The genetic landscape of idiopathic neurodevelopmental disorders and in the Middle East and risk modulation by ancestry
Approved Research ID: 88383
Approval date: September 6th 2022
Neurodevelopmental disorders (NDDs) are a group of complex conditions that impact the natural development of the brain in growing children causing intellectual disability, in addition to motor, learning and sensory deficits. Although some of the adverse symptoms of NDDs can improve over time with therapy, certain are more permanent and persist long-term. Epilepsy, often occurring alongside NDDs, is the most frequent and disabling form of neurological disorders in young children. Further to compromising the child's quality of life, NDDs and epilepsy constitute a significant liability to society as well as the healthcare system.
There are specific types of NDDs such as the Coffin-Siris syndrome for which the genetic cause is already well characterized; yet in many cases, the cause remains unknown. Recent advances in deep genome sequencing have made it possible to compare the DNA sequence of affected children to their normal parents and pinpoint newly emerging changes in the child's DNA that are likely to be causative of the impaired phenotype. For certain complex types of NDDS including autism as well as generalized epilepsy, scientists suspect an interplay between a multitude of genetic factors collectively contributing to the adverse outcome. These factors can be screened for by analysing the genome-wide alternations in DNA in a suitably sized cohort of affected subjects.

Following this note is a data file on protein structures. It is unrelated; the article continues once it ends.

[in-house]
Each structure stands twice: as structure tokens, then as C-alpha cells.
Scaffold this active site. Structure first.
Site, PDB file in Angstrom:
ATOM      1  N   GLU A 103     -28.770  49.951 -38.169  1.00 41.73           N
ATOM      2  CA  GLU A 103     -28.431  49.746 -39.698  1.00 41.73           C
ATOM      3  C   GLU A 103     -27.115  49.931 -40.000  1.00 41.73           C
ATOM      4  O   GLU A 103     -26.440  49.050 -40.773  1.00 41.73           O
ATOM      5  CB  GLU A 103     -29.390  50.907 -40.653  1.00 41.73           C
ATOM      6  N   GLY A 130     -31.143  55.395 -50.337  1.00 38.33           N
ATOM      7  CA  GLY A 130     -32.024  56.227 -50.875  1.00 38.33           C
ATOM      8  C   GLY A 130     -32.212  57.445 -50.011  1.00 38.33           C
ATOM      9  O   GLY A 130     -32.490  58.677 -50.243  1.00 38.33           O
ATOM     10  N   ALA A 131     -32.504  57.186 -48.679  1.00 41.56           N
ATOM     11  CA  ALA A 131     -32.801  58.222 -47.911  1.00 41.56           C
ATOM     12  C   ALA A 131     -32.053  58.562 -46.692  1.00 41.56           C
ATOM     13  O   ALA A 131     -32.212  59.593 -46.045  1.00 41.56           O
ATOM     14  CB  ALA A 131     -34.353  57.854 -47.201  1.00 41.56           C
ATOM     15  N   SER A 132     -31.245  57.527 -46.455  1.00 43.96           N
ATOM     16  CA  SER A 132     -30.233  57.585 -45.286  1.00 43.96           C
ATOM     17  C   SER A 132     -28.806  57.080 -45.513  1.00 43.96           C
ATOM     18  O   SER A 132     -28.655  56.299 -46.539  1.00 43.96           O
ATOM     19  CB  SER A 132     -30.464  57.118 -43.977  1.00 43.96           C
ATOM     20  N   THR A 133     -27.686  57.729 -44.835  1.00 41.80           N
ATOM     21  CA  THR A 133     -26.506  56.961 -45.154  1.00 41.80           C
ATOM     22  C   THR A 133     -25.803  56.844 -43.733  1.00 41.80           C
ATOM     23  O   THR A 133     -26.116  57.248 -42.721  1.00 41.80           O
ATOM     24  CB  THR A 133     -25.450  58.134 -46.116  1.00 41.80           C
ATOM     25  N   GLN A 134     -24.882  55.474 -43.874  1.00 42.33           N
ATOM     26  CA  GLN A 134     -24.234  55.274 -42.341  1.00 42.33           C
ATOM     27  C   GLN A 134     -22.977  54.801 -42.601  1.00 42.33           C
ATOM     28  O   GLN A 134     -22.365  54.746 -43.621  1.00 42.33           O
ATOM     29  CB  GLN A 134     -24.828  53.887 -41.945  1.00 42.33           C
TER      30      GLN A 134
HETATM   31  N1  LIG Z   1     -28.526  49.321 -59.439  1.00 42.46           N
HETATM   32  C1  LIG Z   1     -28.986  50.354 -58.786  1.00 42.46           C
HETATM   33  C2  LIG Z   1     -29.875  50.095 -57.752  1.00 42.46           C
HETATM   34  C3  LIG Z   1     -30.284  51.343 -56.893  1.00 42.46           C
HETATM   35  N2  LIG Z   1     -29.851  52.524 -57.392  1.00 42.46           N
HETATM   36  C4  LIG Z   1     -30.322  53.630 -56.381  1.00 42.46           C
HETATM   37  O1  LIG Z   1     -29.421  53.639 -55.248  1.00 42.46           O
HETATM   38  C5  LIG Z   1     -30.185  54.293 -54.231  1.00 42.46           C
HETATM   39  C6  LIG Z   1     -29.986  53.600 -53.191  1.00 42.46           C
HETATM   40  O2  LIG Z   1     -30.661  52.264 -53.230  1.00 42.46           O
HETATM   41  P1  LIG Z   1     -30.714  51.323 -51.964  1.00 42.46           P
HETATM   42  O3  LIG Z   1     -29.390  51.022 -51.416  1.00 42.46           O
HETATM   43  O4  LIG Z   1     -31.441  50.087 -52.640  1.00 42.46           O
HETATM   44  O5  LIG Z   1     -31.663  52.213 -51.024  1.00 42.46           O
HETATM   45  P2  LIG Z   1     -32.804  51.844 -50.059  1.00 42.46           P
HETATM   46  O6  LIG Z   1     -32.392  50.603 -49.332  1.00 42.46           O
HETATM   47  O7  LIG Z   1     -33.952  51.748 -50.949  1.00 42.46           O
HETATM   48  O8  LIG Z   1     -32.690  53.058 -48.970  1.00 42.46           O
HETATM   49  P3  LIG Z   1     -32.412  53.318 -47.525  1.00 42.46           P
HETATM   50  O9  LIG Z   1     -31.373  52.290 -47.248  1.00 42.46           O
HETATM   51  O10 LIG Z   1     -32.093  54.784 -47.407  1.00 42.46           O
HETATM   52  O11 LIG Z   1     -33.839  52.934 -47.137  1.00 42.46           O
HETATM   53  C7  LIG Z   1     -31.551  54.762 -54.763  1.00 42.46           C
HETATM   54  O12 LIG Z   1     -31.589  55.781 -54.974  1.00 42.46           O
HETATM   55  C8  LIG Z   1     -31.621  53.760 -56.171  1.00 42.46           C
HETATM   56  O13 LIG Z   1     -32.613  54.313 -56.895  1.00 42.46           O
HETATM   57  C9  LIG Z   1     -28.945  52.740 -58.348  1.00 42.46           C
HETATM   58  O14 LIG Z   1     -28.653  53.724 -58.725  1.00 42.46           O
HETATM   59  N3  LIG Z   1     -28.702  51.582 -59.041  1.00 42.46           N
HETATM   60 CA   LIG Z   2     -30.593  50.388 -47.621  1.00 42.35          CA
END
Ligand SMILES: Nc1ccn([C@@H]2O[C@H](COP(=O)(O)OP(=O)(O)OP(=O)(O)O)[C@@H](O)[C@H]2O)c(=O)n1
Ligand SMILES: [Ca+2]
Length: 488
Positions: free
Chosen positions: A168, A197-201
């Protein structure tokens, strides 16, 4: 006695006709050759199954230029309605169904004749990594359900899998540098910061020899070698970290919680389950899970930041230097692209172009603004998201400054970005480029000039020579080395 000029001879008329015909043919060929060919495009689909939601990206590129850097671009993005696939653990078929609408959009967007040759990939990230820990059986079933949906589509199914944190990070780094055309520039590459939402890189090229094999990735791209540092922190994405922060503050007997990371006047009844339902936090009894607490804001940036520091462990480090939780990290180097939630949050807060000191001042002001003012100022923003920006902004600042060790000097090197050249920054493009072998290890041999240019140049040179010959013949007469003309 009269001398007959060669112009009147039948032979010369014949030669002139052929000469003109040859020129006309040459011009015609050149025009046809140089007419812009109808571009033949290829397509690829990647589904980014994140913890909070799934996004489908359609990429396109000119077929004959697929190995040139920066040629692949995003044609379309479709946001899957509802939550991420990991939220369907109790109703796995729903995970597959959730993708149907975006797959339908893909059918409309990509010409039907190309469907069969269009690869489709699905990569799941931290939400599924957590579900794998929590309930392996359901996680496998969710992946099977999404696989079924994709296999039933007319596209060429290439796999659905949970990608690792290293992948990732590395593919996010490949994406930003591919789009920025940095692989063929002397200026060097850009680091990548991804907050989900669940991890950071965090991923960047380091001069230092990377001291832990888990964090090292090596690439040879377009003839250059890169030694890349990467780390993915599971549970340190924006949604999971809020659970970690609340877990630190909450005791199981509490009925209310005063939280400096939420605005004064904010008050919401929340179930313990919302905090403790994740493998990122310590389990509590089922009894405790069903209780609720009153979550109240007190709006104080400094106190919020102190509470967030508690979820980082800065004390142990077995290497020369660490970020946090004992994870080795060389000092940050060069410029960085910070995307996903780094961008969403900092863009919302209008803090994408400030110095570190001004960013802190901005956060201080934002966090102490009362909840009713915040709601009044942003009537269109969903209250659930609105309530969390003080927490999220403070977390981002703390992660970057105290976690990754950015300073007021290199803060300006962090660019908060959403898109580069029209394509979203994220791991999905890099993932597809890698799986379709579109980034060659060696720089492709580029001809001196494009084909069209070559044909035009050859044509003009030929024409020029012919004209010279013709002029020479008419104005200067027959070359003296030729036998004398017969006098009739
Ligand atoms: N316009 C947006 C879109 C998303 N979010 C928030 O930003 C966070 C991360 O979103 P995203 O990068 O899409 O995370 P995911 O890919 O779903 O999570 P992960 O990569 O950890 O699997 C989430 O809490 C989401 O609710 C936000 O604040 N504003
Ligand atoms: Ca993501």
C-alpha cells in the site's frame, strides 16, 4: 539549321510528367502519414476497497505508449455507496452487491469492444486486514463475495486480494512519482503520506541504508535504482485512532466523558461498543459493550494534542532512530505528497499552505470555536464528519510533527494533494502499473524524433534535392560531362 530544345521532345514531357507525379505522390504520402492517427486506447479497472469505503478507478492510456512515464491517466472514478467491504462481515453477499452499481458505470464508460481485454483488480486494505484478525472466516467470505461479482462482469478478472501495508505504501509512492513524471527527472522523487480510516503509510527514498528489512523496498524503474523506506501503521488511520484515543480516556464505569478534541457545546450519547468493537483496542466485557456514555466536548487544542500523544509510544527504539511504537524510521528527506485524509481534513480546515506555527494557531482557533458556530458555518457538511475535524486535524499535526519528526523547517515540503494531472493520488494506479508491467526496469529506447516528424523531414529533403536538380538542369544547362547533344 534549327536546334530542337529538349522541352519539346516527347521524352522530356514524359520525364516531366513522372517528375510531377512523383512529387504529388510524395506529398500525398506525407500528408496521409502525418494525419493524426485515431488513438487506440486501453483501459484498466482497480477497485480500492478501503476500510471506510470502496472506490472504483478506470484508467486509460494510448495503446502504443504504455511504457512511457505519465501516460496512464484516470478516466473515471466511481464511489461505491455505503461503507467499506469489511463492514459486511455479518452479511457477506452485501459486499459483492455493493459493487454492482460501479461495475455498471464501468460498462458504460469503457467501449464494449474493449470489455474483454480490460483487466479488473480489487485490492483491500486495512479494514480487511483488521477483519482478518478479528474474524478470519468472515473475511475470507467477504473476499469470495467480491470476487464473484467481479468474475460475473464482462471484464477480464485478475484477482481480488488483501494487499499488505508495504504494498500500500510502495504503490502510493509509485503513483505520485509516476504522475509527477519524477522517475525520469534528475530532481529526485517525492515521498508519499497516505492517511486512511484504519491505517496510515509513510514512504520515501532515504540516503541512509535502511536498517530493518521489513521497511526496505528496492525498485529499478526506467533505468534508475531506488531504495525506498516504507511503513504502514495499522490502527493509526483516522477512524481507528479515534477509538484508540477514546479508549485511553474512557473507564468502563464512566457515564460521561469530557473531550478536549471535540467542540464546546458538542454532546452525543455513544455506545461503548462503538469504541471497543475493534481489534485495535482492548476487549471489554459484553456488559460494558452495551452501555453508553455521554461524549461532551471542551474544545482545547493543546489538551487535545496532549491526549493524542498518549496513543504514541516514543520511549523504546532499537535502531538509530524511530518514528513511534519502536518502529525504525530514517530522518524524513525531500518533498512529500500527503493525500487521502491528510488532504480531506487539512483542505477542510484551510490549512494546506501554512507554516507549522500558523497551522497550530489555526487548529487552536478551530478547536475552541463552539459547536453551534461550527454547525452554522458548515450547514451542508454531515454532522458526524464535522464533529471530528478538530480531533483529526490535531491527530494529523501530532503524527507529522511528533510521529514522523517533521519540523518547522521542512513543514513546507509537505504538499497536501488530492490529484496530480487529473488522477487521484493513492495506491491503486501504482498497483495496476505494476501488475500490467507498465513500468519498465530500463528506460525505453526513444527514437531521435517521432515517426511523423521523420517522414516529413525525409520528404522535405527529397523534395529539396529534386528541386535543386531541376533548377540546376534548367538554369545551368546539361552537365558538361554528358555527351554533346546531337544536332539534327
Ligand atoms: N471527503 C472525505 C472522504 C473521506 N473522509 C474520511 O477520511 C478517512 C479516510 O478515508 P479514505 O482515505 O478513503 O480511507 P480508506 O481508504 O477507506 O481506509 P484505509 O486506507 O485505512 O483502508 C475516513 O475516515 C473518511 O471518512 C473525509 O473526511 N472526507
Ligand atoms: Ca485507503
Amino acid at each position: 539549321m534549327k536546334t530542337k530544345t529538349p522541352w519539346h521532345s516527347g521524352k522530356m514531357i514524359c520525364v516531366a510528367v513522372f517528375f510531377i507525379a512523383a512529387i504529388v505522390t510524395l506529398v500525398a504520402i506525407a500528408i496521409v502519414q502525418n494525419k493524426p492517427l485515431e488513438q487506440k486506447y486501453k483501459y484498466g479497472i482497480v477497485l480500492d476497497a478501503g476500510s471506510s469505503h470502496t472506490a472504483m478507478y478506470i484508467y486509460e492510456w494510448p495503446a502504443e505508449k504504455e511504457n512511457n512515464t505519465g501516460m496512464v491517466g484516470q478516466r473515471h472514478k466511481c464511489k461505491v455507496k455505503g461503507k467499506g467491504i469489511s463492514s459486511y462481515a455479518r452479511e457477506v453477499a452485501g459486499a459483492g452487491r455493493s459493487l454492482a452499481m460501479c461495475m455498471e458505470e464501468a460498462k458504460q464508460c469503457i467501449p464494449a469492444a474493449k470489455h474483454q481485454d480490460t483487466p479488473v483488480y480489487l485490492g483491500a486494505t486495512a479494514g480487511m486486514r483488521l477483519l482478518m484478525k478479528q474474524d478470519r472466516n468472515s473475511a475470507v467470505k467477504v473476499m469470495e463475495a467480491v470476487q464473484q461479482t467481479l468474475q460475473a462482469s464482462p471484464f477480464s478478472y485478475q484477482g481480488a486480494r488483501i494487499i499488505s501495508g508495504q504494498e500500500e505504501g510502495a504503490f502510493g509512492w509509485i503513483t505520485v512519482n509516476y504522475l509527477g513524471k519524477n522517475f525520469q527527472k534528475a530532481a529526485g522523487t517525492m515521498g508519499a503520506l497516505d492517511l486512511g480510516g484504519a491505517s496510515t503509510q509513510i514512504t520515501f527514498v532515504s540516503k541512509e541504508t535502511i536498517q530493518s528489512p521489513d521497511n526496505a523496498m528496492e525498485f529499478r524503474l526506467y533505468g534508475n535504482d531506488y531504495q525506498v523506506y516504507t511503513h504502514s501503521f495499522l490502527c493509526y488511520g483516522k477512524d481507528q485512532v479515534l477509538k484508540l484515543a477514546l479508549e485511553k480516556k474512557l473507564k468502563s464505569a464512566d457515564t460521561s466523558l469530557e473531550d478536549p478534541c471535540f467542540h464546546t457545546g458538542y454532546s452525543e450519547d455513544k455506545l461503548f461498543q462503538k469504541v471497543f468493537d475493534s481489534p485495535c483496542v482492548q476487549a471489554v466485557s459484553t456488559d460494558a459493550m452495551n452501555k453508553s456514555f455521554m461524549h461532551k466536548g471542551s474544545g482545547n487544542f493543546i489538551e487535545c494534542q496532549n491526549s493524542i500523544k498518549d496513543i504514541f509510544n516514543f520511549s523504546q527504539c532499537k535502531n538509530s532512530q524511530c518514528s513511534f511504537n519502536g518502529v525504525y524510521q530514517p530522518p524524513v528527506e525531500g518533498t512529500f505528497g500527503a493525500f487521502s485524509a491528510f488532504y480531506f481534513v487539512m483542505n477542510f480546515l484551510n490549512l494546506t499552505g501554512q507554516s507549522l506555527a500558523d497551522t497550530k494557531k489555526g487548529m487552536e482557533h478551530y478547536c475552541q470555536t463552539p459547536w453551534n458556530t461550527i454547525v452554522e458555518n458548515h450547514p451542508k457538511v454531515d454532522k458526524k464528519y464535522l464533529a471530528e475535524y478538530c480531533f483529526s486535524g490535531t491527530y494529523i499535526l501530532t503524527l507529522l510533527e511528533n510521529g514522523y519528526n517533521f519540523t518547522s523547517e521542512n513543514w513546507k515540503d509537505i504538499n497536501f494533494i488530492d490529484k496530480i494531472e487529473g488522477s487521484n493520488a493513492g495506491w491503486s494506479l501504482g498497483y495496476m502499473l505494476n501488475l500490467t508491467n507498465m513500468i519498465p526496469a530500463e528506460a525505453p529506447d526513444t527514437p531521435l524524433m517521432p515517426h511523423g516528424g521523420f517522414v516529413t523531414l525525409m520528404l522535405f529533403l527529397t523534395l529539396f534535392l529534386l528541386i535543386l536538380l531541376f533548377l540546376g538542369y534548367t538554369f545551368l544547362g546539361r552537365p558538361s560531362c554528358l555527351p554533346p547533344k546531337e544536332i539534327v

Pinpointing the dysfunctional gene(s) at the early stage of child development can be tremendously helpful for tailoring a suitable therapy that can reduce the severity of the symptoms long-term. Over the next coming years, we aim to explore sequencing and phenotypic data at the UK Biobank as well as families with affected children, recruited at our end, to determine the genetic factors that increase the susceptibility to NDDs and neurological epilepsy. We will be looking for genetic risk factors that are prevalent amongst Qataris owing to the country's high rate of interrelated marriages and we will compare them to those that are more evident in the UK Biobank cohort. We will seek to delineate collective genetic risk patterns, or variations in DNA that tend to occur together, in subsets of affected individuals. By grouping patients with similar genetic defects, we shall be empowering doctors to advise on each group's most suitable treatment.